First minister's questions
Alex Salmond looked, momentarily, puzzled. Which was not in keeping with his overall mood which was one of absolute certainty in the face of opposition questions.
So what had discomfited the FM? The forecasts for North Sea oil revenue? No, those were apparently fine - despite the concerns disclosed in John Swinney's leaked Cabinet paper.
Was it then "the challenging context" derived from "the forward projections of the likely overall fiscal envelope", to quote Mr Swinney?
Nope. All governments were facing challenges in the current climate: Scotland, we were assured, was better placed than most to counteract these.
Pensions, then? Mr Swinney's paper had disclosed that there was to be work on the affordability of state provision. Again, no.
That work has been completed inasmuch as it involved the Fiscal Commission working group. The deputy first minister is now leading efforts to draw up a comprehensive policy covering welfare under independence. That should emerge ere long.
But, as a precursor, Mr Salmond insisted that Scotland was relatively wealthy, with oil, and more than capable of protecting social welfare provision, including pensions.
So, if not all those matters, what caused the first minister's face to crease into a quizzical frown? Well, it was when Johann Lamont started talking rodent.
The Labour leader looked directly at the FM and averred: "I ask him a straight question and he says: 'Look, there's a squirrel!'"
I think she was suggesting, albeit obliquely, that Mr Salmond, on occasion, might seek to divert debate, rather than to confront challenges directly.
It is, I suppose, a version of the political tactic recently disclosed by Boris Johnson, the Mayor of London.
An Australian chum of his apparently refers to the need, from time to time, to "throw a dead cat on the table".
Why? Well, just you try maintaining a serious discussion, let alone a calm face, in the presence of a recently arrived, but palpably deceased, feline.
Instead of pursuing the topic in question, everyone - in Australia, that is - will proclaim: "Jeez, there's a dead cat on the table!".
In Scotland, presumably, the rodent in question would be red.
Anyway, Mr Salmond looked puzzled as if he hadn't heard properly - or couldn't quite believe what he had heard.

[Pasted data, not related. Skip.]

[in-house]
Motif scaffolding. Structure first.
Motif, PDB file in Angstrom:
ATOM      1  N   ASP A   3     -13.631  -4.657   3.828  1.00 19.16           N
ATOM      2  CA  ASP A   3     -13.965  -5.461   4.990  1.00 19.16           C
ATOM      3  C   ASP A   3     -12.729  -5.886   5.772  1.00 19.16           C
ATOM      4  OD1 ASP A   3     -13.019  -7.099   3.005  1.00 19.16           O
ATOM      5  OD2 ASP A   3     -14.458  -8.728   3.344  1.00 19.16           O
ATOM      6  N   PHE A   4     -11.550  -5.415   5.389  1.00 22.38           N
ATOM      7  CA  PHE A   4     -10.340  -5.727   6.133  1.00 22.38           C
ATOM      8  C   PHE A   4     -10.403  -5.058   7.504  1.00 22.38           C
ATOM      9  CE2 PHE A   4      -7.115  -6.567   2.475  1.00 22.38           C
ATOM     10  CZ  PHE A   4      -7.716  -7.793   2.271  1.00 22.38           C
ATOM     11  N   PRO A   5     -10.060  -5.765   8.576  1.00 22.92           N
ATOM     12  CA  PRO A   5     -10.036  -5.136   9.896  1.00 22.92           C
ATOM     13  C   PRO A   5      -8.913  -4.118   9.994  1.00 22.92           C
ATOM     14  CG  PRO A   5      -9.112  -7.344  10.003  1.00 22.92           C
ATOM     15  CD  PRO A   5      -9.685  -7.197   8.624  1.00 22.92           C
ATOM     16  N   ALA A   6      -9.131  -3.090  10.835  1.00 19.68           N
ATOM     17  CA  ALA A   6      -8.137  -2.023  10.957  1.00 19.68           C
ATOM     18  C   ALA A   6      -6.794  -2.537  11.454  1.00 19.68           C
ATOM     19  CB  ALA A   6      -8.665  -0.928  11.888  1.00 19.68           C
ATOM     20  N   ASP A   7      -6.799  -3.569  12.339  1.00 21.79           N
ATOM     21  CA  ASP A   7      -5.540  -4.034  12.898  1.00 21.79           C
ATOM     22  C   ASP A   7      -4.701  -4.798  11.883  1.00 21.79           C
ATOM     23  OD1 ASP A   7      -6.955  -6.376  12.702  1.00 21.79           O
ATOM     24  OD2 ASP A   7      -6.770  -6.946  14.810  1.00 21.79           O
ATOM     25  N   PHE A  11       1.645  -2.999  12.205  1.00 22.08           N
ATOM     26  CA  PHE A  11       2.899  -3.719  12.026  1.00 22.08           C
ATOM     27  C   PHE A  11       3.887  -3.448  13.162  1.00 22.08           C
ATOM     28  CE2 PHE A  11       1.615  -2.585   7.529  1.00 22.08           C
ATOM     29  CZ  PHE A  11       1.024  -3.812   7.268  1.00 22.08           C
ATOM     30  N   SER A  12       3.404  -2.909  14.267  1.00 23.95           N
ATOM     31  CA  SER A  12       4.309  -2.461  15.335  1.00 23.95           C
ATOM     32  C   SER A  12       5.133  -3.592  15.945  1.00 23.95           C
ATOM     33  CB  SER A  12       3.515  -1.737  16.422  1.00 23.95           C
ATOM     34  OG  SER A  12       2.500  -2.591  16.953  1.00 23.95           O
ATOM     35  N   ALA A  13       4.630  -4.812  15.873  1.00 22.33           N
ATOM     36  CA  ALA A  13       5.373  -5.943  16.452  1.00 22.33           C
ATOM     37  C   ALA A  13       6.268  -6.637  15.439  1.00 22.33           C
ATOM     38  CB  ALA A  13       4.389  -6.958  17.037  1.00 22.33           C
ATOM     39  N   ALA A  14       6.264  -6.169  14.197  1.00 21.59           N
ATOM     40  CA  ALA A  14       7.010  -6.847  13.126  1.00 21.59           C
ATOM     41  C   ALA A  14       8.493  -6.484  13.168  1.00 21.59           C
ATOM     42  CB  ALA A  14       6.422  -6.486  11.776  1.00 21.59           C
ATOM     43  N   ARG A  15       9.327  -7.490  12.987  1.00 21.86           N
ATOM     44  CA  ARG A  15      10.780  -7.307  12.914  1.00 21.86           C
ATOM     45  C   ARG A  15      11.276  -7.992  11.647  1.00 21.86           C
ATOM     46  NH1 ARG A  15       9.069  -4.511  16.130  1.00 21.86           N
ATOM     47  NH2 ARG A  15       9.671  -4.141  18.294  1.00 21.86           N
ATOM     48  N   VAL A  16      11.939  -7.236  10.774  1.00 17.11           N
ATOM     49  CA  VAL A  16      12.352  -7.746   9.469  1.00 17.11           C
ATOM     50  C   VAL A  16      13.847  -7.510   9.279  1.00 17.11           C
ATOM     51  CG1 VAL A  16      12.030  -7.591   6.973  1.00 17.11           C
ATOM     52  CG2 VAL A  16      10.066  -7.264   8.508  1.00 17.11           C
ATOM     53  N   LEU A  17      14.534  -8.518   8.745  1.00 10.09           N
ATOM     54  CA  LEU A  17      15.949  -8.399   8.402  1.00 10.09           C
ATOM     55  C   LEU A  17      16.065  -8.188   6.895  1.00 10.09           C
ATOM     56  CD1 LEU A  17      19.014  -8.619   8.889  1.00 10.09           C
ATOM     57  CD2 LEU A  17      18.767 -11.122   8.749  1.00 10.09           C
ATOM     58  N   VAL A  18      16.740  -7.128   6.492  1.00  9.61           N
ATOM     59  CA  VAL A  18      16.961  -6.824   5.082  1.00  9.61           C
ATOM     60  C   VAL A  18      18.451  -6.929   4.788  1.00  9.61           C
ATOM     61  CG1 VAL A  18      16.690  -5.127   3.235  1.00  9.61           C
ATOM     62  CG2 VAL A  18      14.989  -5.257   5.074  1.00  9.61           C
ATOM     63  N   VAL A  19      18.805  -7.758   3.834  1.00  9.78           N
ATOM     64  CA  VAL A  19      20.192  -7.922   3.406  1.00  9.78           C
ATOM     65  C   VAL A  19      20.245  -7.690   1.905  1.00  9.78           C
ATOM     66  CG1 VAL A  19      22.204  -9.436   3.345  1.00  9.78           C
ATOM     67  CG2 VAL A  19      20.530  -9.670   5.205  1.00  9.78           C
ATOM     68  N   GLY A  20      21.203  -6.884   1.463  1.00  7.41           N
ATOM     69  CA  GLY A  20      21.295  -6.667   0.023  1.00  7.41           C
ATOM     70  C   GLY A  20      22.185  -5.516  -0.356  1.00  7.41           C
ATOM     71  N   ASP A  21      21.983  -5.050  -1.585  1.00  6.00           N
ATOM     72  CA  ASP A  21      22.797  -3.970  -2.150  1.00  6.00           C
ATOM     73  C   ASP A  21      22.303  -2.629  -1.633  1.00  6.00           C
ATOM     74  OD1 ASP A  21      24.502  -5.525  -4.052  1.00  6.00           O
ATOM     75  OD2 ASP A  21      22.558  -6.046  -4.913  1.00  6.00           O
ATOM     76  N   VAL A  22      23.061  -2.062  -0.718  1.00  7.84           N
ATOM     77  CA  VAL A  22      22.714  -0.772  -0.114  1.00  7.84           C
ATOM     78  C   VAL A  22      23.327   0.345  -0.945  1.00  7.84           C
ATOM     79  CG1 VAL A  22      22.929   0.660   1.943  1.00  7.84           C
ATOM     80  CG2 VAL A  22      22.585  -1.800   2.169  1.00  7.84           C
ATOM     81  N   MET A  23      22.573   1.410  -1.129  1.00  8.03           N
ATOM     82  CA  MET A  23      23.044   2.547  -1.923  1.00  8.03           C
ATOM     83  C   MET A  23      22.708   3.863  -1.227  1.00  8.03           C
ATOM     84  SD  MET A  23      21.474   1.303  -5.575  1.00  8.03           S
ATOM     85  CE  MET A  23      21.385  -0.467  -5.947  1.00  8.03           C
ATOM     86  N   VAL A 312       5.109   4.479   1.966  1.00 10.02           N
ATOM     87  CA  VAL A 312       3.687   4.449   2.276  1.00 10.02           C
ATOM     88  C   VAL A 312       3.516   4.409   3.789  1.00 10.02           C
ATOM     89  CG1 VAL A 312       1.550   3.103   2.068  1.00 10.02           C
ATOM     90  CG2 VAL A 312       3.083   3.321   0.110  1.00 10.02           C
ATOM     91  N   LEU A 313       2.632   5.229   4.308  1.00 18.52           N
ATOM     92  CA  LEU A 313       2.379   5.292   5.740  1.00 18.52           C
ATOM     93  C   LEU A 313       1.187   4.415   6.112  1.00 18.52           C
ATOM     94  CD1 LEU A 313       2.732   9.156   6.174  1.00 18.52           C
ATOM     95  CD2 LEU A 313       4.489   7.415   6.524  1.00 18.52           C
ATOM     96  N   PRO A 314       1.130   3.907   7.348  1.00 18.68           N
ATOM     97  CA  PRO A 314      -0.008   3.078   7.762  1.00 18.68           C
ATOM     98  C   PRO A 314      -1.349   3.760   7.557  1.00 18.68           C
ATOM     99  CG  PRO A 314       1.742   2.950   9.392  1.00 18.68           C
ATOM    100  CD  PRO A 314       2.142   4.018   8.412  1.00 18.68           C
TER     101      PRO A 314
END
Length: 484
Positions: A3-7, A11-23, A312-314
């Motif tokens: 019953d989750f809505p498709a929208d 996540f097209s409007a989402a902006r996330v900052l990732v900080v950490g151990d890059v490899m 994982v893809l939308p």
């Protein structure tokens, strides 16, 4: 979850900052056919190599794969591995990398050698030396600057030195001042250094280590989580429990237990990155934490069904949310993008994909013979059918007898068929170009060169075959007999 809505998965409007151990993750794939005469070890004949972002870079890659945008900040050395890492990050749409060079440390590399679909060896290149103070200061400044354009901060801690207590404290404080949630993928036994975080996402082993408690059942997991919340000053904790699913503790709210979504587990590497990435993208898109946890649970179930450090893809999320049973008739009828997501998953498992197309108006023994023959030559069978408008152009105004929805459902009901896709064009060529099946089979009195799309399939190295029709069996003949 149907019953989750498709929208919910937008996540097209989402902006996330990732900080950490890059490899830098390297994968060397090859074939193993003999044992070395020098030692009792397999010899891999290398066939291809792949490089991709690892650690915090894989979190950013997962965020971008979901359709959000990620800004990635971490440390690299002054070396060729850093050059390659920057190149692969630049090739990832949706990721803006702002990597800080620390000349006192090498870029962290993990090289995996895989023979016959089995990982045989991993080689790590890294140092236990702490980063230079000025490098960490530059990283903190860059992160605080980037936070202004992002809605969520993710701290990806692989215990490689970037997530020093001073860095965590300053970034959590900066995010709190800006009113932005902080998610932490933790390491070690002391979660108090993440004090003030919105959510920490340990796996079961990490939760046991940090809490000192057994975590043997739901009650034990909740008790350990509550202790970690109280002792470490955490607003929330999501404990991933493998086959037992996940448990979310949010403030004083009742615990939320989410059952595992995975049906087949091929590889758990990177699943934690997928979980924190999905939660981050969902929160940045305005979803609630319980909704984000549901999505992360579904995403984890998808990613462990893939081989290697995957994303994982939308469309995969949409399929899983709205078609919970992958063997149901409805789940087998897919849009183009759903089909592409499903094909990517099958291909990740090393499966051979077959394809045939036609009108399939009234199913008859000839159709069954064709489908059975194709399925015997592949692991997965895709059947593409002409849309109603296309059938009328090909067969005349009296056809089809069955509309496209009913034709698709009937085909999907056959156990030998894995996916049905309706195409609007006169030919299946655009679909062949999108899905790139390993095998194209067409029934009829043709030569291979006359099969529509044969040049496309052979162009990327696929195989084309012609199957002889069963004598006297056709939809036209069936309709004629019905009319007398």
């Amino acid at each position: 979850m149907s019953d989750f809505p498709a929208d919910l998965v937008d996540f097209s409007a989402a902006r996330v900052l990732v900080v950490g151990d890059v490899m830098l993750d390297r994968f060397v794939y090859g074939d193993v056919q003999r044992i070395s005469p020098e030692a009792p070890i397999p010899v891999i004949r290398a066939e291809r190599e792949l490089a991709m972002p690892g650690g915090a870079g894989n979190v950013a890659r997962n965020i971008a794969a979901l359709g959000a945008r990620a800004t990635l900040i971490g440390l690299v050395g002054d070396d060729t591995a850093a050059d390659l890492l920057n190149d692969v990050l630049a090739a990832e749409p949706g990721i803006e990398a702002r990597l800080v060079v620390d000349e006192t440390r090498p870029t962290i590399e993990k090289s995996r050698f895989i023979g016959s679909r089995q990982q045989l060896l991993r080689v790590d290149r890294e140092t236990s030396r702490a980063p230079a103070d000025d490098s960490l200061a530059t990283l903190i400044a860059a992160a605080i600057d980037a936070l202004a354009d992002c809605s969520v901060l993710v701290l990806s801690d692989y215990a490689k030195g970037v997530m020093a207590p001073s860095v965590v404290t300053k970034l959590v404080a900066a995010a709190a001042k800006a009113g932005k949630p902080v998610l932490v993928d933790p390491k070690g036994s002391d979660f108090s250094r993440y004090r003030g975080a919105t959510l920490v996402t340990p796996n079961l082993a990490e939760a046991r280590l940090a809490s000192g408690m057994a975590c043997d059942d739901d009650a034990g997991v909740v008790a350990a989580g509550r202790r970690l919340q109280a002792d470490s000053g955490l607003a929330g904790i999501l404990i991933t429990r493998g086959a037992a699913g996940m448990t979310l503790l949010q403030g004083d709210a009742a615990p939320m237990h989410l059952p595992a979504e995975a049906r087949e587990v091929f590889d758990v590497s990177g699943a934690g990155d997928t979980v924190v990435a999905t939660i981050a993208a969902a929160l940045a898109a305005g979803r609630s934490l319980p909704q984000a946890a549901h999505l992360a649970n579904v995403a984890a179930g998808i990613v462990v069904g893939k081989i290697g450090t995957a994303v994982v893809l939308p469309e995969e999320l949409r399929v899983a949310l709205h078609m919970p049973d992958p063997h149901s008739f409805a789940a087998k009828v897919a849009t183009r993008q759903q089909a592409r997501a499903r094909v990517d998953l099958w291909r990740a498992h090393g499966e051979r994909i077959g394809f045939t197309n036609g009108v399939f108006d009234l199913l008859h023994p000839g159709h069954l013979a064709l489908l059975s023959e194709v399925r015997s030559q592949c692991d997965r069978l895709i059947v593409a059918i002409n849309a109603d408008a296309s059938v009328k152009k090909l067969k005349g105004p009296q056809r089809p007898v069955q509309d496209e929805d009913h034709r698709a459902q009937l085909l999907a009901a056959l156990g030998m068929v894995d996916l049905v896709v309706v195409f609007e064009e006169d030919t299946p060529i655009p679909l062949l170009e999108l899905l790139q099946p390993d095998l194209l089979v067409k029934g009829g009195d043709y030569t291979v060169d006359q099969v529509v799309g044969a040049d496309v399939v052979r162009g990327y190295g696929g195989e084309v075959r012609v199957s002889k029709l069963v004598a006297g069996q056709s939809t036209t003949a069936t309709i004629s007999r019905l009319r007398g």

Nicola Sturgeon whispered an explanation - which contrasted with the loudly voiced support she offered throughout Mr Salmond's bravura performance.
Team Salmond had been worried in advance. They were relatively relieved - in these troubled times, everything is relative - in the aftermath.
For one thing, they reckoned Johann Lamont slipped up by referring at the outset to her own speech in which she spoke of the spending challenges which will confront Scotland - and the consequent need to make choices.
This, they reckon, allowed the SNP benches - and the FM - to turn defence into attack, to revisit Labour's "Cuts Commission", as they bill their opponents' policy review.
But Ms Lamont is personally thirled to the concept of spending prioritisation, rather than unquestioning universality - and saw this as an opportunity to argue that her stated approach, derided by the SNP, tallied with the seeming private views of the finance secretary.
Both Ruth Davidson of the Tories and Willie Rennie of the Liberal Democrats weighed in, accusing the FM and his colleagues of doubletalk.
Mr Salmond shed the calm demeanour of recent weeks in favour of vigorous, robust attack.
His argument? That Mr Swinney and others had always highlighted the challenging financial environment: in every budget statement and elsewhere.
That this was driven by Westminster cuts. That the Swinney paper projected an eventual return to spending growth.
Further, that the oil picture had completely changed as a result of record investment in the past year, projecting enhanced revenues to be recouped around 2017 either by the Treasury or by an independent Scotland.
His opponents still seemed unconvinced. They spied squirrel.